Thanks, Laurie. I’m going to re-read his books myself!
Thank you for highlighting the work and words of James Baldwin. The quotes you use sound so fresh and current for the time we are living through now.
That’s what’s amazing about them.
Such an important post, Cynthia. I’m sad to say that I have never read James Baldwin, nor seen that debate before. You had me consulting my library and finding that I have a copy of Tell Me How Long The Train’s Been Gone. It will be the next book I read after the current one.
Excellent, Derrick. Glad you have a copy right there!
I featured it yesterday as https://derrickjknight.com/2020/08/07/an-important-novel/
The words you’ve pulled out are powerful Cynthia, that give a hint of the bigger works they come from.
The long standing ovation that James Baldwin received in the debate – and never before had there been a standing ovation – says volumes. My mother read James Baldwin, but I never have, although I’ve been mesmerized by his online interviews. Time to actually bring his written words into my mind. The Fire Next Time and Another Country – I’ll start there. Thank you!
Great point about the standing ovation, Diane. It was an electrifying moment — the whole thing.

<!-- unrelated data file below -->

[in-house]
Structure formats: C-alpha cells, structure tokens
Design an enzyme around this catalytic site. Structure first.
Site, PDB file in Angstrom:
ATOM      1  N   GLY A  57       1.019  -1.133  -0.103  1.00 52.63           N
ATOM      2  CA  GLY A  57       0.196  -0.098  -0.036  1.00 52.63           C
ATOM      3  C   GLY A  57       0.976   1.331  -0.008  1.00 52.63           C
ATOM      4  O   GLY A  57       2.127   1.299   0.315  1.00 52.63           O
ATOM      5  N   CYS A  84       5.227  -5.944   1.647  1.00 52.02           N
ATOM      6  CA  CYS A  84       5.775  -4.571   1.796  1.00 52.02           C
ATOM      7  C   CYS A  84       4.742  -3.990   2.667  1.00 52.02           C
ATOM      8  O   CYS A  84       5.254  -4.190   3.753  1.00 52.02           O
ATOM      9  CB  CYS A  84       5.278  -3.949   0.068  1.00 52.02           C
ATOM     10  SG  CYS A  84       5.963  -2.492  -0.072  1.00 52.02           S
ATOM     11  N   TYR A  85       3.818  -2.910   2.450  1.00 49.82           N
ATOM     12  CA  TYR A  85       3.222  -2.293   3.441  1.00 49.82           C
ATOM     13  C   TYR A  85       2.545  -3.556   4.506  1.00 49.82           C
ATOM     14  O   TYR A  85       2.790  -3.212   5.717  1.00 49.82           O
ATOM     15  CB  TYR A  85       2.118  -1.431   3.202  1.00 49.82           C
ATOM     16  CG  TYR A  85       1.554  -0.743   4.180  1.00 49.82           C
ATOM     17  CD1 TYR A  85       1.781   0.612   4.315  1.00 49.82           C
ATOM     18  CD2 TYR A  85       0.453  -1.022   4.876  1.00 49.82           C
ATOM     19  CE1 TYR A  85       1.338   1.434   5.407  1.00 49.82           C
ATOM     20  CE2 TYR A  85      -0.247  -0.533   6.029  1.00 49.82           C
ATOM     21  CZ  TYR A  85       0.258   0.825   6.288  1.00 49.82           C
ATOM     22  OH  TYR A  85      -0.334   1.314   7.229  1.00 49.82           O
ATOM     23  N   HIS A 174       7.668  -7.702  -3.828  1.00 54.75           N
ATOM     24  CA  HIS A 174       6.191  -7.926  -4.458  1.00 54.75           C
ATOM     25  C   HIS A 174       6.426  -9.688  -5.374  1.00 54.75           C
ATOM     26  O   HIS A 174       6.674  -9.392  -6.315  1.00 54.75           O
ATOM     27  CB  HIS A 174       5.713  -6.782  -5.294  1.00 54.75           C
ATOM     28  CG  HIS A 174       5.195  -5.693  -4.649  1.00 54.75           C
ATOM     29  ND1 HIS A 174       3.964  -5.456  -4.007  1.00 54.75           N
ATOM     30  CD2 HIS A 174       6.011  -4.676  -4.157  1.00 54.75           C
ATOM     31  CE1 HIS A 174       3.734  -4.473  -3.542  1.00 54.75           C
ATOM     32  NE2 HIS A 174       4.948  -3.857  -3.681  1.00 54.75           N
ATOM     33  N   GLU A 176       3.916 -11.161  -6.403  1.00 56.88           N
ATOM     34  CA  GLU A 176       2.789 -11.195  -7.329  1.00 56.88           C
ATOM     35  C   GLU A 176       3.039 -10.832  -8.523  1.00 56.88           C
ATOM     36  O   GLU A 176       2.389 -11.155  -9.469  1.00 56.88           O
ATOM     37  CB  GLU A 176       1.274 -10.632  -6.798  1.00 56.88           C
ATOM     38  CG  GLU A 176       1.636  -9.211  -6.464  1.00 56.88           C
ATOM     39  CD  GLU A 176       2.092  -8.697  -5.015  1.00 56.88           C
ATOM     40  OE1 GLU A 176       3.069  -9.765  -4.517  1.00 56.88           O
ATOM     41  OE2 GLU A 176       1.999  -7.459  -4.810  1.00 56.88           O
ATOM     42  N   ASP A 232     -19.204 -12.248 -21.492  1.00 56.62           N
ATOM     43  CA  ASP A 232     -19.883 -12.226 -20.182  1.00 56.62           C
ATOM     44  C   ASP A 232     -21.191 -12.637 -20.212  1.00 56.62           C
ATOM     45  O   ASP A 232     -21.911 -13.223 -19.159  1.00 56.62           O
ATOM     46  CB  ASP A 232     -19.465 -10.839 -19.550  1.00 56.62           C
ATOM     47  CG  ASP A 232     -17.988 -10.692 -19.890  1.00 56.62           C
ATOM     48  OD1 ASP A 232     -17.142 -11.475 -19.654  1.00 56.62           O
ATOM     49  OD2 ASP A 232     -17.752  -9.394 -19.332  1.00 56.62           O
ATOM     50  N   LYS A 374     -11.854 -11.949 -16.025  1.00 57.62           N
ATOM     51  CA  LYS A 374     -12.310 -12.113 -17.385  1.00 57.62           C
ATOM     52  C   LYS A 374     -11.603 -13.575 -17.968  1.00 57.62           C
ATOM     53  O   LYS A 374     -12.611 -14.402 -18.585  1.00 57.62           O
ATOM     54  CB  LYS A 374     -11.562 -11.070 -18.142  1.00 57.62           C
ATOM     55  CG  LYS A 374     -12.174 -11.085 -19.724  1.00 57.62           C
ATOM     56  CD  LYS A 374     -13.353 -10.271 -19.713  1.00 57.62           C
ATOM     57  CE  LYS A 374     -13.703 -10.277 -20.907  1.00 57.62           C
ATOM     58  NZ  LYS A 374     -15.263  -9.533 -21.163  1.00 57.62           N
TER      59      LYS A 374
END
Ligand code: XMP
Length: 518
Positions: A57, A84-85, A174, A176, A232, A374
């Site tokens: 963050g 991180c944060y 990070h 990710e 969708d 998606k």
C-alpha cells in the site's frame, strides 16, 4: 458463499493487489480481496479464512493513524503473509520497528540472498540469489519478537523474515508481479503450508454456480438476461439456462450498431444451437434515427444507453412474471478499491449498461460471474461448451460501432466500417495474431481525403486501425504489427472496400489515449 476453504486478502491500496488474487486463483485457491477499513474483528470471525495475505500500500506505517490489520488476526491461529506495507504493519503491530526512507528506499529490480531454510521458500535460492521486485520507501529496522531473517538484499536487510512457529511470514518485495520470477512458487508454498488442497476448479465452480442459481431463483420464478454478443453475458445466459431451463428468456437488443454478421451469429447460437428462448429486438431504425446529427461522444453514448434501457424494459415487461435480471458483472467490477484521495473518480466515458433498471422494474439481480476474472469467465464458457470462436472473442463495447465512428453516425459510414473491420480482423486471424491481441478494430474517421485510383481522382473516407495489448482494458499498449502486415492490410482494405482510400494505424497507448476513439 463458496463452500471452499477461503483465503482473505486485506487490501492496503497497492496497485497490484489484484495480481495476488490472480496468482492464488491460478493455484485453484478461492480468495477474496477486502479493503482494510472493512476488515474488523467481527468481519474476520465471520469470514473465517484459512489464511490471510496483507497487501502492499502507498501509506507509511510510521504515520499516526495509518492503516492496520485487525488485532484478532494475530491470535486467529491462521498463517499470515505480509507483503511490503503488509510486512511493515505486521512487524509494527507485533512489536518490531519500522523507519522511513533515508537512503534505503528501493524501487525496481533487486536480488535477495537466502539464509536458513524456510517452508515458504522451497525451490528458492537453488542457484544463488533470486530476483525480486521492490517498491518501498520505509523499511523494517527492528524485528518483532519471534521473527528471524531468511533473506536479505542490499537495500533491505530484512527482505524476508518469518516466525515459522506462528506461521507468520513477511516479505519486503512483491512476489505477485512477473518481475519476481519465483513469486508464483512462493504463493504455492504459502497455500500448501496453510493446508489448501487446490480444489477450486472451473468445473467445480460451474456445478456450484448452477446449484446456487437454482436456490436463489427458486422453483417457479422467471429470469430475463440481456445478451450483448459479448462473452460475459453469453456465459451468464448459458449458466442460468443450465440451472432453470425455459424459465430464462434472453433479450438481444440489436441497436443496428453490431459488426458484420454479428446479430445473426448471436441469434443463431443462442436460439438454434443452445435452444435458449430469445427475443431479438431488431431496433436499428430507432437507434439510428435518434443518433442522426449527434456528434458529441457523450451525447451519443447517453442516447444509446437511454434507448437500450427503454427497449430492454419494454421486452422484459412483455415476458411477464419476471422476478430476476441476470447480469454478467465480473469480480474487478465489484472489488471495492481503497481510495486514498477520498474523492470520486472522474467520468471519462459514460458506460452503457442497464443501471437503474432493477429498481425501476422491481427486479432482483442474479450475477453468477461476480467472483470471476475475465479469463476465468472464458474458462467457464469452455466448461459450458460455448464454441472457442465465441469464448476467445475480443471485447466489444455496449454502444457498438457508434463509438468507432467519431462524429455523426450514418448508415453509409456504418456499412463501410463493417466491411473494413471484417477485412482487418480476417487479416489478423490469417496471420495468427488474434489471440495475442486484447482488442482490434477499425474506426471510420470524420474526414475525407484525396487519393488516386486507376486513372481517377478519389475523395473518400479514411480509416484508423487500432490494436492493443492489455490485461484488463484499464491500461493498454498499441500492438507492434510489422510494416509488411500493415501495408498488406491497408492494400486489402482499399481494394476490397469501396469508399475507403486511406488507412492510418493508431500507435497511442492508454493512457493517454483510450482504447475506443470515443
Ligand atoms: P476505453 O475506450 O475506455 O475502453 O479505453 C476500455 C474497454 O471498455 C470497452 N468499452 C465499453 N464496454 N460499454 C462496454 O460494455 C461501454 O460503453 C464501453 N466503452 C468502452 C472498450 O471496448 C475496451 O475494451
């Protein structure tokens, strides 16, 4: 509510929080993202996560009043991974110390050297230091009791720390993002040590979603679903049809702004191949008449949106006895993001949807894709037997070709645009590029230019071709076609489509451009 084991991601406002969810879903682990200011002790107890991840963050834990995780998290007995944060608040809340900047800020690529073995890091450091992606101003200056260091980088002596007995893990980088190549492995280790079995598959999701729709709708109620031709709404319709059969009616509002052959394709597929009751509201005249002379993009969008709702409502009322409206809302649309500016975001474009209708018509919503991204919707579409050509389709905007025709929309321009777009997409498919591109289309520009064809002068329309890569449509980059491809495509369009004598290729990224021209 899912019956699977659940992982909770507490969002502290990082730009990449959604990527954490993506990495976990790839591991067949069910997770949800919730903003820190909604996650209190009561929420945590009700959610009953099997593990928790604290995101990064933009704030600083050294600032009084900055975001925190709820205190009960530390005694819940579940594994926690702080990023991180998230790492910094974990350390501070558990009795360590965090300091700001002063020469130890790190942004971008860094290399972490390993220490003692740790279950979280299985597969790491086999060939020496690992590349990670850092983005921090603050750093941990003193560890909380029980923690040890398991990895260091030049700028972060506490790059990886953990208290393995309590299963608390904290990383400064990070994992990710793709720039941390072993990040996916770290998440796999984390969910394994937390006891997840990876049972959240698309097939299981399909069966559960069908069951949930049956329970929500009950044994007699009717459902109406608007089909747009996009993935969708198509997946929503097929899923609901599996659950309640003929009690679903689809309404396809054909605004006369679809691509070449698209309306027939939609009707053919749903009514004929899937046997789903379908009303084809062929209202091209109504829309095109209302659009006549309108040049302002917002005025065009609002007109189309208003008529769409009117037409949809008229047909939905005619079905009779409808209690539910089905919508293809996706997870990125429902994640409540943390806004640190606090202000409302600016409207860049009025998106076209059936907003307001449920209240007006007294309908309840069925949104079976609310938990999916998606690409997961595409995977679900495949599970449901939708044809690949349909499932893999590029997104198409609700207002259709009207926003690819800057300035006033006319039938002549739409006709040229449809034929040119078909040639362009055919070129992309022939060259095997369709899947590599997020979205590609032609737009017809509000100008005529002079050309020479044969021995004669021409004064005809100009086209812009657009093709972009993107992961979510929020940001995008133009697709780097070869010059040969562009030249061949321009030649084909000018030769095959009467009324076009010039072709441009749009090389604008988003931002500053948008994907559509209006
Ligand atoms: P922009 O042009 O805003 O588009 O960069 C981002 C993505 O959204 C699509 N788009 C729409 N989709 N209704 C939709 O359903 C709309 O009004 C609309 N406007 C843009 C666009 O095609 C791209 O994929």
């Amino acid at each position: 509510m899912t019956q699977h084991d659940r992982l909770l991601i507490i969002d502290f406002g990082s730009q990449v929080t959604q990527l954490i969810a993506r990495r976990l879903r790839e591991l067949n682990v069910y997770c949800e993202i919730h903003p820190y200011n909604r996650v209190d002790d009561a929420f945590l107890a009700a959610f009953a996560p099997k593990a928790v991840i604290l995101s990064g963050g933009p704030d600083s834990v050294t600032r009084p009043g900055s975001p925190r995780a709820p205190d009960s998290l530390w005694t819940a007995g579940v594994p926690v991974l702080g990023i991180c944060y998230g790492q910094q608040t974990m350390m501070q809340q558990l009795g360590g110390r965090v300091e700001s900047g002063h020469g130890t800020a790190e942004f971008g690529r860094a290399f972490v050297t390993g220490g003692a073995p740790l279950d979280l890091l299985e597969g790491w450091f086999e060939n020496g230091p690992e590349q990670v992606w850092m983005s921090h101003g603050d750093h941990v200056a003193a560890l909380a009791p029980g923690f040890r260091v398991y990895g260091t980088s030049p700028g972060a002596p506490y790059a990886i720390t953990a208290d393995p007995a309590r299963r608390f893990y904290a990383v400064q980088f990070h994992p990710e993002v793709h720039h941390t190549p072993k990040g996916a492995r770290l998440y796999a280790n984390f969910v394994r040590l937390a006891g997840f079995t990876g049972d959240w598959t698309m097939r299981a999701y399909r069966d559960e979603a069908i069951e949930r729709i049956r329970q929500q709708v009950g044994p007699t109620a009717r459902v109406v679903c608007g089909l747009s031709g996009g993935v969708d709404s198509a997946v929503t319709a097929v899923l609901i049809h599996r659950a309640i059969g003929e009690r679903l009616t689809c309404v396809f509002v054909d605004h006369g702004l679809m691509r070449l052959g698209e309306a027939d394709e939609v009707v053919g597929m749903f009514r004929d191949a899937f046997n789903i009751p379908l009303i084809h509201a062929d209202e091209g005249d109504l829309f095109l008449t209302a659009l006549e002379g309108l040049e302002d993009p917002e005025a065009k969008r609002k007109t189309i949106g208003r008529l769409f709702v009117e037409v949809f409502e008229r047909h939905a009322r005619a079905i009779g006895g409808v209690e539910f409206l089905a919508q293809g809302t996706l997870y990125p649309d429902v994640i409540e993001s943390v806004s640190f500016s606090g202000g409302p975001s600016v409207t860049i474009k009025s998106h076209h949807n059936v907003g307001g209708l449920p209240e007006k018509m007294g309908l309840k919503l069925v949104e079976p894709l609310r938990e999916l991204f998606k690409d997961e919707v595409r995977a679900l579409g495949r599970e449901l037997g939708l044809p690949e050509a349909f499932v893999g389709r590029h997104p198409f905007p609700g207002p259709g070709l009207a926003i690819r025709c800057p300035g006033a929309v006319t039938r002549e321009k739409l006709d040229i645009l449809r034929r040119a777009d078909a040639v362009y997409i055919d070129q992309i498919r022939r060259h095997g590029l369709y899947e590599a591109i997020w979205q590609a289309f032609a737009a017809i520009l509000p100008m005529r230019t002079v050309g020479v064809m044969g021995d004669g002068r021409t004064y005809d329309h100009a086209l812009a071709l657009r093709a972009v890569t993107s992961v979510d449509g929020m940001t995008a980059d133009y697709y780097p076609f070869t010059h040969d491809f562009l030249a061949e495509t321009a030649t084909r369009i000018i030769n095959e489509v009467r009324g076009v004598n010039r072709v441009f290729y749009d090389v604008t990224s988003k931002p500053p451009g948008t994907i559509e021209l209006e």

I like your fight, Cynthia.
It is wonderful time to re-read or discover this brilliant writer and thinker. Just finished Another Country which was preceded by Go Tell it on the Mountain. If Beale Street Could Talk got me re-reading which at this age is making a different kind of impact. Perhaps it means that there is more awareness if not wisdom in how I ingest his words. A beautiful writer.
I’m getting ready to reread his books myself and I expect it will have a similar impact. It’s almost as if I’m mature enough now to truly understand some of what he wrote!
Thank you for posting the debate, and acquainting and reacquainting readers with James Baldwin, Cynthia. I have not read any of his works, but will do so. He was a brilliant man.